Canadians ALVVAYS open up tonight’s show and immediately impress the quickly swelling Tuesday night crowd. The five-piece delight in looking and sounding like the best teenage rom com never made. All the stereotypes are there but combining wonderfully to make something that thoroughly transcends any prejudicial first impressions. Subtle synth sounds underlie irresistible pop guitar hooks to sweetly highlight pintsized singer Holly Rankin’s soaring vocals. Next Of Kin is a set highlight and these rising stars do everything they need to to enamour themselves to this refreshingly engaged gathering of musos.
Some bands sound exactly like where they’re from, their music intrinsically linked with their surrounds, both reflecting it and explaining it: Joy Division wrought urban decay in their doomed din, while Creedence Clearwater Revival delivered a slice of southern States small-town life via their countrified rock, but other bands use music as an escape. REAL ESTATE come from the tough blue-collar state, New Jersey (albeit a rather quaint suburb), from which its famous tough-guy forebears Frank Sinatra, Jon Bon Jovi and Bruce Springsteen drew strength in the face of life’s claustrophobia. Real Estate are very much from the other side of music’s geographical coin.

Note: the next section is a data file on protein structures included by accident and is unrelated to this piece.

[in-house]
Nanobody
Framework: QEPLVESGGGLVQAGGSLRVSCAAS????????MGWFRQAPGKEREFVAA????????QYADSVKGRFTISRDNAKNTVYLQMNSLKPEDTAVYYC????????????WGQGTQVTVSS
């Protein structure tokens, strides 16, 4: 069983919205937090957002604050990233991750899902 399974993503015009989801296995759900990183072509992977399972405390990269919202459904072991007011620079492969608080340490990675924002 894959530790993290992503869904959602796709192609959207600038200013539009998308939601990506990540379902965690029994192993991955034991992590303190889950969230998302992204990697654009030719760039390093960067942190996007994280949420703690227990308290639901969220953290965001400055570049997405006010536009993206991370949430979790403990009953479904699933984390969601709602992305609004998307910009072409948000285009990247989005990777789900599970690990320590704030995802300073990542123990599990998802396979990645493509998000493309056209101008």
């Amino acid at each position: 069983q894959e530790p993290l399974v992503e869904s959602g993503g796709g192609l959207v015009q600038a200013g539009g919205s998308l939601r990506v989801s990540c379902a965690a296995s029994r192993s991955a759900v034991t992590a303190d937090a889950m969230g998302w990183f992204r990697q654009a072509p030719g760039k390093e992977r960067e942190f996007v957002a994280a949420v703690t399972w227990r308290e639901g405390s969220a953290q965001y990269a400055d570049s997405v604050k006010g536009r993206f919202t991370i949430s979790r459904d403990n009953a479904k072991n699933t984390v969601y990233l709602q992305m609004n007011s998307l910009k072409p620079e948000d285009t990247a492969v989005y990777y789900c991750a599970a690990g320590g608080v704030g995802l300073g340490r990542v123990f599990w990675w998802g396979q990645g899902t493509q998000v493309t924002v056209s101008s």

It’s impossible not to listen to the four-piece’s breezy tunes and not imagine driving down a West Coast palm tree-lined boulevard with the sun shimmering on the bonnet as lead guitarist Matt Mondaline’s flourishes wash over a packed-out Kazimier tonight. There’s sheer joy in this music rather than resistance to the daily grind. And it’s lapped up by the Liverpool crowd.
The majority of tonight’s set comes from the band’s last two albums: Days and this year’s flawless Atlas. The interplay between Mondaline and frontman Martin Courtney’s guitars is mesmeric, while bassist Alex Bleeker (who at least looks like a New Jersey roughnik) is charming whilst adding the occasional hooky bassline. Real Estate as a package are charm personified; Bleeker’s quip about Clinic being the sum total of Liverpool’s musical heritage is received in the spirit it was delivered, whilst Courtney’s dialogue is limited but sincere.
The crowd’s demands for their solid set to be followed by an encore are met as the band return to the stage to play Out Of Tune and It’s Real before parting with the crowd as they are transported from California to a damp Wolstenholme Square.